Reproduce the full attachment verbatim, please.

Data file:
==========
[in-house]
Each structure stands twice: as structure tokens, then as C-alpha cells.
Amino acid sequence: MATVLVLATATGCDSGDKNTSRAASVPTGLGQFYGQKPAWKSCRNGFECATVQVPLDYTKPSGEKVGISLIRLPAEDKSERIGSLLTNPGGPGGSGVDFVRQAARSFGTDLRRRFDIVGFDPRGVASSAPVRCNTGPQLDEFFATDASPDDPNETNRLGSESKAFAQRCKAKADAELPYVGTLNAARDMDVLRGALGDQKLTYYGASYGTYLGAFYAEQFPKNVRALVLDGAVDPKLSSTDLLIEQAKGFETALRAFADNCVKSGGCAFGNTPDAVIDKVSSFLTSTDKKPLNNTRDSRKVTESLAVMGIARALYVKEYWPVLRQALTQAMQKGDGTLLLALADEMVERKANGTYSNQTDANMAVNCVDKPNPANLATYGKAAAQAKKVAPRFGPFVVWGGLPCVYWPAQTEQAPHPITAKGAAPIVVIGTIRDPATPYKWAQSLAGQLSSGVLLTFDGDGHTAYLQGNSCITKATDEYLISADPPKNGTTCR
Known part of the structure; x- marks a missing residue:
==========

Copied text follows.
[in-house]
Each structure stands twice: as structure tokens, then as C-alpha cells.
Amino acid sequence: MATVLVLATATGCDSGDKNTSRAASVPTGLGQFYGQKPAWKSCRNGFECATVQVPLDYTKPSGEKVGISLIRLPAEDKSERIGSLLTNPGGPGGSGVDFVRQAARSFGTDLRRRFDIVGFDPRGVASSAPVRCNTGPQLDEFFATDASPDDPNETNRLGSESKAFAQRCKAKADAELPYVGTLNAARDMDVLRGALGDQKLTYYGASYGTYLGAFYAEQFPKNVRALVLDGAVDPKLSSTDLLIEQAKGFETALRAFADNCVKSGGCAFGNTPDAVIDKVSSFLTSTDKKPLNNTRDSRKVTESLAVMGIARALYVKEYWPVLRQALTQAMQKGDGTLLLALADEMVERKANGTYSNQTDANMAVNCVDKPNPANLATYGKAAAQAKKVAPRFGPFVVWGGLPCVYWPAQTEQAPHPITAKGAAPIVVIGTIRDPATPYKWAQSLAGQLSSGVLLTFDGDGHTAYLQGNSCITKATDEYLISADPPKNGTTCR
Known part of the structure; x- marks a missing residue: